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Posts Tagged ‘IPO’

Truthiness Abounds in Russia’s Ratification of Protocol 14

January 15, 2010 Leave a comment

After dragging its feet for four years, the Russian parliament ratified the European Court of Human Rights’ (ECHR) Protocol 14 earlier today. Russia had been the only country out of 47 participating states to refuse to ratify Protocol 14, which improves the efficiency of the Court. The current process has created a backlog of complaints, a third of which are filed against Russia.

Dmitri F. Vyatkin, Russian Parliamentary member mentioned that the impasse was overcome because the ECHR had addressed Russia’s concerns by providing written commitments that Russian judges would be included in reviews of potential cases against Russia, the Court would not begin investigating complaints before cases were formally accepted and the Court would not have new powers to enforce rulings.

Taken together this sounds like Russia wants to transform the ECHR into a Russian court: by hearing complaints against Russia that the Russian government approves of, not delving too much in to the details of complaints filed and if the complaint is accepted for the Court to have no ability to enforce its ruling.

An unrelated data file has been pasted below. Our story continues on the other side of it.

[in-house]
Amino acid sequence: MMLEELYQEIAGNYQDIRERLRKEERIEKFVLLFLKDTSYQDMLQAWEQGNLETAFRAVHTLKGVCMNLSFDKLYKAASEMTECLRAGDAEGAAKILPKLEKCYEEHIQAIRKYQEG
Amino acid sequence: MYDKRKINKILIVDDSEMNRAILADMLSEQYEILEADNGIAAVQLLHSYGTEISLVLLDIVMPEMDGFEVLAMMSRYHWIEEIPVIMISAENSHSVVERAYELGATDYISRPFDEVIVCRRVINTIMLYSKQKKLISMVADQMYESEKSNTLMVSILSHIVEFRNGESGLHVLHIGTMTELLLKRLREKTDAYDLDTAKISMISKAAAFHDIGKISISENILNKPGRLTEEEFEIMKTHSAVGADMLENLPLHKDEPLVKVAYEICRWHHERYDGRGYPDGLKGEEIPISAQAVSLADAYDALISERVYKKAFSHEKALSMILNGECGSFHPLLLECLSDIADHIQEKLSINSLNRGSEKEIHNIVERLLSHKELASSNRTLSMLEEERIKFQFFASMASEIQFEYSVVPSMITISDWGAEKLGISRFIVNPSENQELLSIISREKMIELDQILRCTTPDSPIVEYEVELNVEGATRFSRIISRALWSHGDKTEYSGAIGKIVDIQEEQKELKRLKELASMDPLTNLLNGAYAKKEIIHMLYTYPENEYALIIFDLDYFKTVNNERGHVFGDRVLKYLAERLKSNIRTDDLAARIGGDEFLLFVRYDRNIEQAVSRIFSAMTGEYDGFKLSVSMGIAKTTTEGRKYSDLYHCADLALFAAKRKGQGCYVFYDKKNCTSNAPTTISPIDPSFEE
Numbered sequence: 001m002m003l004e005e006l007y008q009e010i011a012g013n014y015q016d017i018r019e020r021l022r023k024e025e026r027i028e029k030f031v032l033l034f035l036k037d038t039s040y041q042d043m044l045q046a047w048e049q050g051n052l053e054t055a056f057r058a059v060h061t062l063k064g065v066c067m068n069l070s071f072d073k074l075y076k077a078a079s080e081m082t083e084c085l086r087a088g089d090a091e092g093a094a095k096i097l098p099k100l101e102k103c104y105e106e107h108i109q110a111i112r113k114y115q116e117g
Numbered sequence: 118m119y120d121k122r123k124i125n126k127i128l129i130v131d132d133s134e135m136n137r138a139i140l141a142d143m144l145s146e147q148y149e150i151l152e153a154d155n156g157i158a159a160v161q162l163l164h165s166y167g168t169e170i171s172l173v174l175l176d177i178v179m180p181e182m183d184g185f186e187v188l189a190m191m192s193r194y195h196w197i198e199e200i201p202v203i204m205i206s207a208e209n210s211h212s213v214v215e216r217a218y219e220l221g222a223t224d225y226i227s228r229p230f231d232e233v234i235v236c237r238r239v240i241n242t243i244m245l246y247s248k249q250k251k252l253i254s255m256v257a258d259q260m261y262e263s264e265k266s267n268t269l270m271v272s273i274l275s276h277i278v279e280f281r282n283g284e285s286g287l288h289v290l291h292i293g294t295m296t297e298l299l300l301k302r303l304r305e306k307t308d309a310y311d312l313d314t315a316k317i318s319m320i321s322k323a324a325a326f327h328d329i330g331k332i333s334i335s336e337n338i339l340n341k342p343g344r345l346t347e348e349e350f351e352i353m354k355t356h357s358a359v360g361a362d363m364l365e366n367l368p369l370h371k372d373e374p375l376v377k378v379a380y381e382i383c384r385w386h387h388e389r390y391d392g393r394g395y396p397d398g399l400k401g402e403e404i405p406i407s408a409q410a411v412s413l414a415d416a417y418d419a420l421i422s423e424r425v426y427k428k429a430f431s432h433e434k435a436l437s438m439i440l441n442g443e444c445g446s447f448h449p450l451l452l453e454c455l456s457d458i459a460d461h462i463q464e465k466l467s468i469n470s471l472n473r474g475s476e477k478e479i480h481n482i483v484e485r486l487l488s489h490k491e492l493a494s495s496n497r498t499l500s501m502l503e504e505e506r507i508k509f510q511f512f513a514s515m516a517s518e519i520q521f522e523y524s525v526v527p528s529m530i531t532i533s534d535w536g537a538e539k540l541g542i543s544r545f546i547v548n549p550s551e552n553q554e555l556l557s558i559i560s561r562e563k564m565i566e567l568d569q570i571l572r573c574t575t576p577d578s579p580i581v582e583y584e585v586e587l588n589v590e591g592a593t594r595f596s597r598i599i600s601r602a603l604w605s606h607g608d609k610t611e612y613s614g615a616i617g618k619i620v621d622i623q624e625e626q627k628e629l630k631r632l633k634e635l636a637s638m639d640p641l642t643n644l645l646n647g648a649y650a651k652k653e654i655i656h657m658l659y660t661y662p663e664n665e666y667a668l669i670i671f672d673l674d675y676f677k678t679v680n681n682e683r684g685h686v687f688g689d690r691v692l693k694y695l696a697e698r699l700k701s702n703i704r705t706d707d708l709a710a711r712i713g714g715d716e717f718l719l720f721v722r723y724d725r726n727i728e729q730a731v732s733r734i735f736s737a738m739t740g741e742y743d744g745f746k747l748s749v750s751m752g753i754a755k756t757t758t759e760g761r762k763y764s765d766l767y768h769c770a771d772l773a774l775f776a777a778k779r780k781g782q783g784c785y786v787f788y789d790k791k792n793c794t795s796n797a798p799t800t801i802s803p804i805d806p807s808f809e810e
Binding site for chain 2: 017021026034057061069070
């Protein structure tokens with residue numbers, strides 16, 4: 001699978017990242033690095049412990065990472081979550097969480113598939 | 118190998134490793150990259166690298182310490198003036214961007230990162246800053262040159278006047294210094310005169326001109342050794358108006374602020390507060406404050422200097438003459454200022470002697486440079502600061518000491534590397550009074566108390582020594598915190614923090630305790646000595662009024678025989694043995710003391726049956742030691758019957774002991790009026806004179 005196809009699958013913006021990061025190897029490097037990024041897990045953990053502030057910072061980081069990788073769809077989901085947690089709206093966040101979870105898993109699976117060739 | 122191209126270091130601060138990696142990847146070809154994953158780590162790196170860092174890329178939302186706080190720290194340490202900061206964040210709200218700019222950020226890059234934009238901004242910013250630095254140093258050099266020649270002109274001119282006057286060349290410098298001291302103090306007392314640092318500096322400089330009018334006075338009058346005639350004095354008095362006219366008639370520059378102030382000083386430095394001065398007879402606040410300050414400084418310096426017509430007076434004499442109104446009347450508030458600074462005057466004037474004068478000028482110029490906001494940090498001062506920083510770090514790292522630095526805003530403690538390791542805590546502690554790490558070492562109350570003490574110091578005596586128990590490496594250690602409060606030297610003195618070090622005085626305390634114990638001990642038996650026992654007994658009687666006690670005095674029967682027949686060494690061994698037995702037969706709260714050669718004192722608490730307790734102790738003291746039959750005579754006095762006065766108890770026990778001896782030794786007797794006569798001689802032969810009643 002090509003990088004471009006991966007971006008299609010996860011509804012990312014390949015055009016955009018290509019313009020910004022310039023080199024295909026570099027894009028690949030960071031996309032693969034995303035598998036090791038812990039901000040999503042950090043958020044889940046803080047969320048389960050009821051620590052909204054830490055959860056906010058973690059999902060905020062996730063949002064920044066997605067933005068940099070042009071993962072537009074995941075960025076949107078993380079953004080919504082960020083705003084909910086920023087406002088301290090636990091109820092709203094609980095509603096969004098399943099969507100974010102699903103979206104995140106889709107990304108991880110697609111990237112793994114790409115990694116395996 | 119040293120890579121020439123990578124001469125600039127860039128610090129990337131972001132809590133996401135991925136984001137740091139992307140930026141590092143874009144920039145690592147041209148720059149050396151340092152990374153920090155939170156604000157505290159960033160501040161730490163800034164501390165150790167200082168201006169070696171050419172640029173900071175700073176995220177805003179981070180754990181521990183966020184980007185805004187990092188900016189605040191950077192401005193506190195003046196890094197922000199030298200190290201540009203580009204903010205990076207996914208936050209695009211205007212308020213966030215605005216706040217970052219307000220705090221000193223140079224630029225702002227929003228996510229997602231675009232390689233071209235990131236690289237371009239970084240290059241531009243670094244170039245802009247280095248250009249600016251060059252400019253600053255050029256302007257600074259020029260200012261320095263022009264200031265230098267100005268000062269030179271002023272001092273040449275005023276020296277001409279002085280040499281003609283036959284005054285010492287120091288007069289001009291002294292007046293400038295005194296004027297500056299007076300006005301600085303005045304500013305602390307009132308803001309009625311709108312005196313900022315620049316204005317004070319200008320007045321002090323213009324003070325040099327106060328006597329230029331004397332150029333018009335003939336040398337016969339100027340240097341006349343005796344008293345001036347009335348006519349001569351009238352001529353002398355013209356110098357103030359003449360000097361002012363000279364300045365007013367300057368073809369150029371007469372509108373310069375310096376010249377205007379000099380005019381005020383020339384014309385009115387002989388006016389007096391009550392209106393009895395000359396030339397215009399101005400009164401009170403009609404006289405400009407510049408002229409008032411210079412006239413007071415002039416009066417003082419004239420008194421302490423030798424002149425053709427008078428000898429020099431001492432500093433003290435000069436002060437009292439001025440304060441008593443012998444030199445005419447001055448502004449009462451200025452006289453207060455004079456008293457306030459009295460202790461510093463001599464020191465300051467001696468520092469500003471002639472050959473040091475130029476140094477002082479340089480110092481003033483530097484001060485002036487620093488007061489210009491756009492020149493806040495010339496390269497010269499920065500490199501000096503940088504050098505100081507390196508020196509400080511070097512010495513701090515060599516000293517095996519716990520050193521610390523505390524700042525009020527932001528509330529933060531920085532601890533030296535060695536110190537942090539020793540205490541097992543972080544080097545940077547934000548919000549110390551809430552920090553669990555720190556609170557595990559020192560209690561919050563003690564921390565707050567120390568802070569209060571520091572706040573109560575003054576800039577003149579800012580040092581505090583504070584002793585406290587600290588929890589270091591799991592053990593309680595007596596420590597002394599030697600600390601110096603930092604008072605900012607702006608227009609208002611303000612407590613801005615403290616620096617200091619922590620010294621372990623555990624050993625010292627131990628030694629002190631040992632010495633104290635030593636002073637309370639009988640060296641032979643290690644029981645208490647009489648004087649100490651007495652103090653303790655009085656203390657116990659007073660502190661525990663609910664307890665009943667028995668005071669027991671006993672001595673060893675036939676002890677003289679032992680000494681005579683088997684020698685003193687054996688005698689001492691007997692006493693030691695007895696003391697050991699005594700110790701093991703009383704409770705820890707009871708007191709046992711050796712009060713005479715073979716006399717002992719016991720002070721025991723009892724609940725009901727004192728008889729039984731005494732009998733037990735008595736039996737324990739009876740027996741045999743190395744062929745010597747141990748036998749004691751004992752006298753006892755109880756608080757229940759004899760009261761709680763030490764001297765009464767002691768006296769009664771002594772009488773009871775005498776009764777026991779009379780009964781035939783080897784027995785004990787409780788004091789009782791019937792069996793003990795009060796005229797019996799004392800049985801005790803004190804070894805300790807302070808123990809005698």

However, Thomas Hammarberg, the human rights commissioner of the Leaders of the Council of Europe, presents a different view of Russia’s approval of Protocol 14, that Russia’s concerns where heard but ultimately Russia will be held to the same rules that apply to other members and that no changes to the protocol were made.

Leaving for now, what Russia’s ratification of Protocol 14 actually means for the ECHR, a central question remains, “What propelled Russia to ratify the protocol after all these years?”

“Smoothing over differences” appears to be the official reason media outlets are reporting, however there may be other reasons political and financial reasons why Russia is offering this carrot to the West.  

Earlier this week, the $100 billion lawsuit YUKOS v. Russia was postponed for the third time because two Russian representatives were unavailable. Perhaps the Russian authorities feel that ratification of Protocal 14 could pave the way for this case to be dismissed.